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‘It doesn’t have to be this way’: gun violence protesters rally in Oakland

Erin Simard asked the people who gathered Saturday in Oakland to rally for gun control measures why nothing has changed since she and other Pittsburgh students organized a movement against gun violence in 2018.

“What I can confidently say is that the only thing which will lead us to avoid another march against gun violence in this city is national gun reform … the one thing we lack,” said Simard, who was a Shady Side Academy student in 2018 and now attends a university in North Carolina.

Simard called for laws ensuring safe gun ownership and a ban on semi-automatic weapons. In front of her, several dozen people sat on the lawn holding signs and applauding chants of “stop the violence” and “enough is enough.” Behind the crowd, several children flew kites and threw Frisbees as speaker after speaker echoed Sinard’s pleas for keeping children safe in their schools.

The rally came together in about two weeks and was one of many local demonstrations held across the country Saturday as part of a national movement. Survivors of the shooting at Marjory Stoneman Douglas High School in Parkland, Florida, organized March for Our Lives four years ago. The students marched on Washington, and groups across the country held local marches.

The movement was back in action Saturday as thousands were expected to rally in Washington, D.C., following shootings at a grocery store in Buffalo, N.Y and the elementary school shooting in Uvalde, Texas. Organizers said they plan to call on Congress to pass legislation to curb gun violence: “Our children’s lives depend on it,” they said in an event announcement.

In Oakland, several organizations including Ceasefire PA, the New Pennsylvania Project and Squirrel Hill Stands Against Gun Violence helped people register to vote and instructed them on how to contact their legislators.

The Rev. Eileen Smith with the South Pittsburgh Coalition for Peace, Hadley Haas with Pittsburgh Moms Demand Action Chapter, Justin Blatney with Westmoreland Racial and Social Justice, Hanna Vaandering with the National Education Association and Miri Rabinowitz — whose husband Jerry Rabinowitz was among the worshippers killed in the Tree of Life synagogue shooting in 2018 — urged the crowd to call their legislators and demand change.

“And vote like your life depends on it. It just might,” said Miri Rabinowitz.

Abigail Horn (left), Lydia Mcshane and Chip Myers with Squirrel Hill Stands Against Gun Violence.
Abigail Horn (left), Lydia Mcshane and Chip Myers with Squirrel Hill Stands Against Gun Violence.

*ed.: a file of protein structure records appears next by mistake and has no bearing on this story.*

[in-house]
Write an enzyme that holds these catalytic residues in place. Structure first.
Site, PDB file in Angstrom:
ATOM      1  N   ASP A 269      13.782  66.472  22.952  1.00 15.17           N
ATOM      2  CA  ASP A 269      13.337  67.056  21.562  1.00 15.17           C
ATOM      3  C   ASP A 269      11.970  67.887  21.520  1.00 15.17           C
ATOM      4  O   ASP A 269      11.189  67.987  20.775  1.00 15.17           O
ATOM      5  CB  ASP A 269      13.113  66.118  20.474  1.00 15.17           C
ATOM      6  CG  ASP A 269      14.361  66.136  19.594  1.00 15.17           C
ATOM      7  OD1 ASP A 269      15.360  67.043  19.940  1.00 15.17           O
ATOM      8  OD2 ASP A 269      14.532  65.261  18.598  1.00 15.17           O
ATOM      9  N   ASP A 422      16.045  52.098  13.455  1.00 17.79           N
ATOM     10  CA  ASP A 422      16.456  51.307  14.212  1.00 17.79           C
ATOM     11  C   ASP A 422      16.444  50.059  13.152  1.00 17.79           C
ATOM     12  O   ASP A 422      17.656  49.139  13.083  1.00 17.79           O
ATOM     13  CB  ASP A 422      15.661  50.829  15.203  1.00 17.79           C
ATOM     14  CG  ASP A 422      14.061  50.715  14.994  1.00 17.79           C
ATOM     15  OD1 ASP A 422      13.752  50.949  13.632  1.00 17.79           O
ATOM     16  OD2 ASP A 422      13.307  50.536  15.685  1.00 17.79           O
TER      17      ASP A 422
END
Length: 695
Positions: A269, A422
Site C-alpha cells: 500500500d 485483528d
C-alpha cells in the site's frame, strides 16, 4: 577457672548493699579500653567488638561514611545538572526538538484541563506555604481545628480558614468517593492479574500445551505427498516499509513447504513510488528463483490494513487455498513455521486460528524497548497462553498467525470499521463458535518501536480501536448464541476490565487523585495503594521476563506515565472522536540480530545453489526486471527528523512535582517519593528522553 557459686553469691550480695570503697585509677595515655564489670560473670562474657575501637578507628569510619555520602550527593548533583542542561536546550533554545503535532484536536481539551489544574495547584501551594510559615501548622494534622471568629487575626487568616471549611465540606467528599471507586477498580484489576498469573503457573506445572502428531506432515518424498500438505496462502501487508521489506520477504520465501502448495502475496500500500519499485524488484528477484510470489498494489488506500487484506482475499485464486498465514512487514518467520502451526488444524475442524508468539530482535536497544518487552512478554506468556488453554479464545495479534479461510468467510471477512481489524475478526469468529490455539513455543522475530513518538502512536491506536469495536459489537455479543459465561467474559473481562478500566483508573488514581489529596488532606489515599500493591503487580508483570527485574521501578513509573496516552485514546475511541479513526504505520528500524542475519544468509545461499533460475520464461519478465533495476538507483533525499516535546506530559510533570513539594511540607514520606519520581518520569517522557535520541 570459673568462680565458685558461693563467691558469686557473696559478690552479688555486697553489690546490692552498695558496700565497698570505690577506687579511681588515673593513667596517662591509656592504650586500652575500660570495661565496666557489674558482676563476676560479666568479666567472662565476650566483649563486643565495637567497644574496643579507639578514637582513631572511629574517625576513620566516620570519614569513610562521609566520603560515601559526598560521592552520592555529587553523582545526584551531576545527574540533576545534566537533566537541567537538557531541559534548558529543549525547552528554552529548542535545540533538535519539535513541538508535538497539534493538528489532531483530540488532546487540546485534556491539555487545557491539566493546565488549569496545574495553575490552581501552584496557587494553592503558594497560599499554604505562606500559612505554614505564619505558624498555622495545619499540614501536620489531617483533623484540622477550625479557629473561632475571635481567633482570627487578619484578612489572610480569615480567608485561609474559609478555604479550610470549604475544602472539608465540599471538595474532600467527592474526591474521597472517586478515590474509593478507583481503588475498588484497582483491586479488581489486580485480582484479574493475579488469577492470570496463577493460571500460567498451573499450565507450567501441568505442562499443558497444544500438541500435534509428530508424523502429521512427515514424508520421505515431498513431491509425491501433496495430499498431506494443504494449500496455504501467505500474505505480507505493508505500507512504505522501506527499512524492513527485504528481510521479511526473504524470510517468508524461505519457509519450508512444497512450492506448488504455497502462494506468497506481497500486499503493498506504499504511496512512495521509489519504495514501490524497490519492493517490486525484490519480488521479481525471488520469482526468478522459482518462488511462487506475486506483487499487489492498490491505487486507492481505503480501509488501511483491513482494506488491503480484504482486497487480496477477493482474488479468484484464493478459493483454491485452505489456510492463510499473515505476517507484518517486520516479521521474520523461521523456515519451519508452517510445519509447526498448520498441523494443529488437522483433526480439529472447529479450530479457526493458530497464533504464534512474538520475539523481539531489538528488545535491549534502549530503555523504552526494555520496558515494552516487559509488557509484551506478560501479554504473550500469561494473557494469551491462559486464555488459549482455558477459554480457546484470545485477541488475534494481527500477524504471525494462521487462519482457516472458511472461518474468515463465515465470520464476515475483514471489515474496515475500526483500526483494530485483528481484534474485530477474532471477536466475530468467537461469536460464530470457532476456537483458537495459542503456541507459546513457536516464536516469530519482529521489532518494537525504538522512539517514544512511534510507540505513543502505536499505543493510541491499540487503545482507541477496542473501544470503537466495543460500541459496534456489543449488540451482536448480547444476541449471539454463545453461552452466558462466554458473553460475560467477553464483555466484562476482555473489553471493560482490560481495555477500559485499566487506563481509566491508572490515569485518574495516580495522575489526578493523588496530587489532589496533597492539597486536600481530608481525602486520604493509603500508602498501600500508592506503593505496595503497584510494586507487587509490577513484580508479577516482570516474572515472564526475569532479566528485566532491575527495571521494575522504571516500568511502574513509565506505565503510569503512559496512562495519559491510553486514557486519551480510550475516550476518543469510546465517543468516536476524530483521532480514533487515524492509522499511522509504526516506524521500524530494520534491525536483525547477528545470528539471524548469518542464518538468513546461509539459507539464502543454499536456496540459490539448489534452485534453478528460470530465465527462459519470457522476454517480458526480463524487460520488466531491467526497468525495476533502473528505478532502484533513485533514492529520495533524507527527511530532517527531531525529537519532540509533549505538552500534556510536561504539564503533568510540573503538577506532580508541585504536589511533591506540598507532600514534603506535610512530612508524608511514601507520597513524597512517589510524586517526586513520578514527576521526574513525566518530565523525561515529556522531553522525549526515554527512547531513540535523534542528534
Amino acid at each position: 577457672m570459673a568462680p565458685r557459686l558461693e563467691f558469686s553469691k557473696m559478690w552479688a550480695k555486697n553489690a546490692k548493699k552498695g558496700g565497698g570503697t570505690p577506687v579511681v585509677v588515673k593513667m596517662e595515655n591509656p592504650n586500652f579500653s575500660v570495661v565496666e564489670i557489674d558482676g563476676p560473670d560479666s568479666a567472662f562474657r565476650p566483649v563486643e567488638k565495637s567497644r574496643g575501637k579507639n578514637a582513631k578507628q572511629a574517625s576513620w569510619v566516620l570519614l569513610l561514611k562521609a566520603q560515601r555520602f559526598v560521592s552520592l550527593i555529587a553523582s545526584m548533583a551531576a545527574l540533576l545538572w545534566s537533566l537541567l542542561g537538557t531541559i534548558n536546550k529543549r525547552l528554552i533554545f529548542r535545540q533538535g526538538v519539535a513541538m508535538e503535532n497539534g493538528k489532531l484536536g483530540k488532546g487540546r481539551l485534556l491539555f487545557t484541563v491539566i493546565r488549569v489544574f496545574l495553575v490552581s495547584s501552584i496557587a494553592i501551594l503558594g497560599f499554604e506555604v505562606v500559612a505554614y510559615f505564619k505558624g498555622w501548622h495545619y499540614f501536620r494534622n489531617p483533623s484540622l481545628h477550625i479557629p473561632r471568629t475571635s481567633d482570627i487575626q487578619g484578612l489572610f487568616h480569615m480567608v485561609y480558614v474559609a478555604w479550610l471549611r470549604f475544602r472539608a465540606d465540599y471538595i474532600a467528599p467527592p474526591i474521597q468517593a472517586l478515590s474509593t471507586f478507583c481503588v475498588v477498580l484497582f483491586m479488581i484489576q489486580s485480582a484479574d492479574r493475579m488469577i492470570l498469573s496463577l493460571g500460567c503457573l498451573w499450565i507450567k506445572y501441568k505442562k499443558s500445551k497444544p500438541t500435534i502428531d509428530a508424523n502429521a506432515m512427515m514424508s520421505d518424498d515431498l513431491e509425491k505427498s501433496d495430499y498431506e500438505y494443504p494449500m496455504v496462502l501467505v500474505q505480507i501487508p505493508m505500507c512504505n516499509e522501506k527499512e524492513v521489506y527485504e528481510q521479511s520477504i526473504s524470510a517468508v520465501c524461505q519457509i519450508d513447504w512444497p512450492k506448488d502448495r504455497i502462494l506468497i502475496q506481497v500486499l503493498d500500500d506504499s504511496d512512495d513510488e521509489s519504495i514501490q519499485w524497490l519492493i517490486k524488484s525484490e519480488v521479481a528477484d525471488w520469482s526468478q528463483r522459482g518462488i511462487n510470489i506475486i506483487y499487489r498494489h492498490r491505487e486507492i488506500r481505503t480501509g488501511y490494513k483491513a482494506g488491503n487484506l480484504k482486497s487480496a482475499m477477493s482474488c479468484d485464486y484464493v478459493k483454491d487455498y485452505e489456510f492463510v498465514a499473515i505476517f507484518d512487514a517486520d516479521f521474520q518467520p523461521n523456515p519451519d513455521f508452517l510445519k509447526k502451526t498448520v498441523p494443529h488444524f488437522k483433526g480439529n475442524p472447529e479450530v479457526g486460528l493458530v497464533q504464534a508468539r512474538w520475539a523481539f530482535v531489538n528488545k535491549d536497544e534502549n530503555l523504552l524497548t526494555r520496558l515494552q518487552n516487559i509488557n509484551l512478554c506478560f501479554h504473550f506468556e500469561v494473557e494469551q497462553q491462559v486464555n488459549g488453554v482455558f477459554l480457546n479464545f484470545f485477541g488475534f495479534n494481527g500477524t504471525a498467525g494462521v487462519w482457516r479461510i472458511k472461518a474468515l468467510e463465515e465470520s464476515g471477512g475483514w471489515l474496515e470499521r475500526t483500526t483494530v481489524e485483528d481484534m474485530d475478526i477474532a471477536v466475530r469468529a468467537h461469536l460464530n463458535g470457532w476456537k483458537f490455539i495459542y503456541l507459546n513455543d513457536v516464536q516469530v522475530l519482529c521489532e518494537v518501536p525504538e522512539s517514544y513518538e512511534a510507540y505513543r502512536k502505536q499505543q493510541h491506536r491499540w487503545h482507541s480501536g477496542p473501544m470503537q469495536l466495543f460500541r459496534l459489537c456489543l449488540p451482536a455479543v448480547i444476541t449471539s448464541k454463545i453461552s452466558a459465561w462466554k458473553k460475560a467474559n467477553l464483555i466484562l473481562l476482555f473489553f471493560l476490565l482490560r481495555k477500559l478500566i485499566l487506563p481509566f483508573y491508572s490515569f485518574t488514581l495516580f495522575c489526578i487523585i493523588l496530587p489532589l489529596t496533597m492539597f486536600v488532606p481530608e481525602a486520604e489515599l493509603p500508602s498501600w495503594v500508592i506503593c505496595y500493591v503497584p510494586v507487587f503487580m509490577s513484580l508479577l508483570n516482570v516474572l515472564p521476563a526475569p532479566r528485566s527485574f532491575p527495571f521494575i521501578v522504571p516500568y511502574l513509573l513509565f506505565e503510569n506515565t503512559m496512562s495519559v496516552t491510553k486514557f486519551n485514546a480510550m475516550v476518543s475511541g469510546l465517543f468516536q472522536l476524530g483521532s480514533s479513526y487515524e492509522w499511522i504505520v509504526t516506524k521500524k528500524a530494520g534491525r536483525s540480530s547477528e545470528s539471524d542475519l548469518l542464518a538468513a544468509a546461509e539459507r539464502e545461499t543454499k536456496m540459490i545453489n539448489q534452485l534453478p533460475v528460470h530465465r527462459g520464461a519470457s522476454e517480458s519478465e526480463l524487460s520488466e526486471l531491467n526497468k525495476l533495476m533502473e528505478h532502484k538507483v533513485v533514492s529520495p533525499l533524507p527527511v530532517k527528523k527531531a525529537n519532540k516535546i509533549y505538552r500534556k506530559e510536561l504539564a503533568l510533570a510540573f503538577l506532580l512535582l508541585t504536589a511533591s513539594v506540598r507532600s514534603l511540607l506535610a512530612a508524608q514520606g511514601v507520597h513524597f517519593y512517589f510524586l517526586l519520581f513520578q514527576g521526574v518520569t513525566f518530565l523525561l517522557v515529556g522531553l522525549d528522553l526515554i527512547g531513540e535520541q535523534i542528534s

In 2018, Pittsburgh students organized a downtown march and a rally in Market Square. They called for gun control measures, and many speakers recalled then how they were impacted by gun violence. Months later, a gunman shot and killed 11 people at Tree of Life in Squirrel Hill.

At the 2018 March for Our Lives rally in Market Square, then-state Rep. Ed Gainey implored young people to vote for candidates who support their fight and values.

“Let us not forget the lives that have been lost in urban neighborhoods throughout the United States of America. Let us not forget the fight of African Americans who have been fighting for sensible gun legislation since the '80s so we can watch our kids grow up,” he said at the 2018 march.

Four years later, Gainey — now mayor of Pittsburgh — spent early Saturday morning walking the business corridor of the South Side to speak with residents, police and patrons about ongoing gun violence in the neighborhood.

Gainey has a new plan for combating increased gun violence in the city. He says he will soon reboot the Disruptive Properties program, although he hasn't provided a timeline for it. Property owners will be considered “disruptive” if they receive three notices within a year. They will then be charged for any further public safety calls to their property.

As for the March for Our Lives organizers, they say they’re frustrated that they’re back four years later.

“I don’t want to be on stage talking about children who have died anymore,” Simard said. “It doesn’t seem like something that we have to keep talking about.”

Organizers say they will prioritize highlighting proposed gun safety legislation this summer.

“As laws start being proposed as they have been on the federal level we’re going to really try to get the national attention to focus on that and to not let the spotlight move further away as it usually does,” Simard said.